After a bit more of a wander—never quite finding the curious looking white building we’d seen from the Mount—we caught a bus back along the road to Penzance, and prepared for the evening. That was actually fairly uneventful. We had some food in Penzance’s Wetherspoon (they’re everywhere!), brought to us by a pretty harassed young man who probably wasn’t being helped by the seeming incompetence of his superiors taking the orders. Then it was a back to the Dolphin where we joined in with jukebox song selection (well, had to get some decent music on) before heading once more for restful sleep


Another breakfast and another sunny day. Having went east the day before this time we headed westward, armed with an OS map. We started along the promenade and then into Newlyn (a fishing village these days seemingly differentiated from Penzance more by the turn of the land more than anything else). There we rested up in a proper dockside pub. While the Dolphin maybe all comfort and modernity in an old building (don’t swear!) the Star Inn (another one!) is a typical workers pub, complete with fisherman discussing in rough terms the intricacies of fishing quotas. We had to get on though, so headed along the docks and past the harbour to climb the hill towards Mousehole*. The walk up has a lovely view across the sea, enlivened by the allotments we passed with strange scarecrows and other items adorning them in a quirky way. Mousehole itself is probably my favourite place we visited; another fishing village, but more isolated and feeling much smaller, with a wonderful harbour. The pub offered good beer and the chance to listen to one of the local fishermen pass on his culinary tips, and how he once cooked Sunday dinner in a force seven gale!

On we had to go though, as our goal still lay some way before us. We followed the coastal path round until coming to a steep, step strewn descent. As mentioned, Jan isn’t the biggest fan of steps (happily bungee off a bridge at the drop of a hat but stairs…well). After a bit of a sit down to contemplate, and a fellow walker ascending the other way warning of worse to come, we decided it may not be the best idea to head that way (to be fair, even I was packing things more tightly and making sure both hands were free). So back we turned up the spectacular path to find a more inland route. Consulting the map we tried finding a path marked as heading for Lamorna where we could pick up our intended route but after a traipse across a muddy field decided there was no hope of telling where it actually was! Still undeterred (and made more determined by the setbacks) we ended up simply following the actual road around, so we could finally descend into the picturesquely beautiful Lamorna valley. Where the pub (delightfully named Lamrona Wink) was shut :-(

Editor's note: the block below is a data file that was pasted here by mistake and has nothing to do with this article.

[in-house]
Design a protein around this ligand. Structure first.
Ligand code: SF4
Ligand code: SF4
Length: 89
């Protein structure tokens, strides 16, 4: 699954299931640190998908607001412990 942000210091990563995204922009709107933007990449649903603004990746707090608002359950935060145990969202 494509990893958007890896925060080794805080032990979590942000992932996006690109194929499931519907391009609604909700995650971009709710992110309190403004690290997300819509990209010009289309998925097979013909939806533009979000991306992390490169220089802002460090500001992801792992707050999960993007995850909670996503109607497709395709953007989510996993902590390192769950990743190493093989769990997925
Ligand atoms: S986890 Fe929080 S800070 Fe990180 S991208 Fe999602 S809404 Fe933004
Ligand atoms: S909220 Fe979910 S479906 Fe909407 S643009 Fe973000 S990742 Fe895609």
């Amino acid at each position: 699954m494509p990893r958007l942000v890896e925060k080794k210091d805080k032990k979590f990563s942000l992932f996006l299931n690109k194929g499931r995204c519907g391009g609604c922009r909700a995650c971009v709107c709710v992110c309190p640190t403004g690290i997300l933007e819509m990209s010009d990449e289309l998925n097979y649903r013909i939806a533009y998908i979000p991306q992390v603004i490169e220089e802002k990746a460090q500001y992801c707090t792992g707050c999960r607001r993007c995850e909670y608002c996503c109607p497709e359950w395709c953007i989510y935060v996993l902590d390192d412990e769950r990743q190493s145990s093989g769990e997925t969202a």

Not suitably refreshed therefore we could at least pick up the original plan and head off into the country. Although the diversions meant we’d now walked a bit further than originally intended we did at last come to our destination, the neolithic stone circle known as the Merry Maidens. On climbing the style into the field Jan was so overcome with the beauty (and tiredness, and maybe an expectation of something slightly bigger) that she burst into tears! Quickly recovered though we both collapsed into the circle of stones, and didn’t move for a while.

It’s a slightly surreal place, lying there in the sun with the stones silently standing as you can imagine them having done so for centuries, looking on. We toured them, walking the ring, feeling their coolness and wondering just why they were there—waymarkers, observatories, ancient tourist attraction? My plan had been to catch a bus back to Penzance; unfortunately there wasn’t one, at least for hours. A glance at the map showed St Buryan “only” a couple of miles away. That would normally have been fine, but after walking all that way already… Never-the-less we set off through more glorious countryside (passing a burial mound) and followed the twisty country road towards the distant church tower. There were at least some sheep and lambs at the outskirts who posed for Jan, and she realised this is where part of Straw Dogs was filmed. We staggered into the pub, to be greeted with an enthusiastic chorus of “Welcome to the St Buryan Inn” in a very friendly, if a little strange, manner—and finally a pint.

The bus back to Penzance passed the Merry Maidens and through Newlyn, my head by now glowing due to having truly caught the sun. We ate in the Dolphin (very nice steak and ale pie) and managed to climb the hill to Penzance’s oldest pub, the Turks Head (with a friendly feel; what seemed to be family either side of the bar) before basically collapsing into bed.

* Pronounced more like Mauzill apparently, but what a wonderful spelling!


After the excursions of the day before we skipped morning breakfast to give a little more rest before setting out on the day’s mission. We headed off to do something we’d foolishly thought we might have time to fit in the day before and catch a bus to Lands End. The bus route through to St Buryan was by now beginning to feel familiar, passing by our favourite ring of stones. The countryside gets even more spectacular after that—and the ride even wilder when sat at the front of the top deck of a double decker. Twisting through narrow country roads, down very steep gradients with hairpin turns, bus driving in Cornwall seems to be some sort of extreme sport. Our driver deposited us safely however, leaving us literally no where to go—we’d run out of land!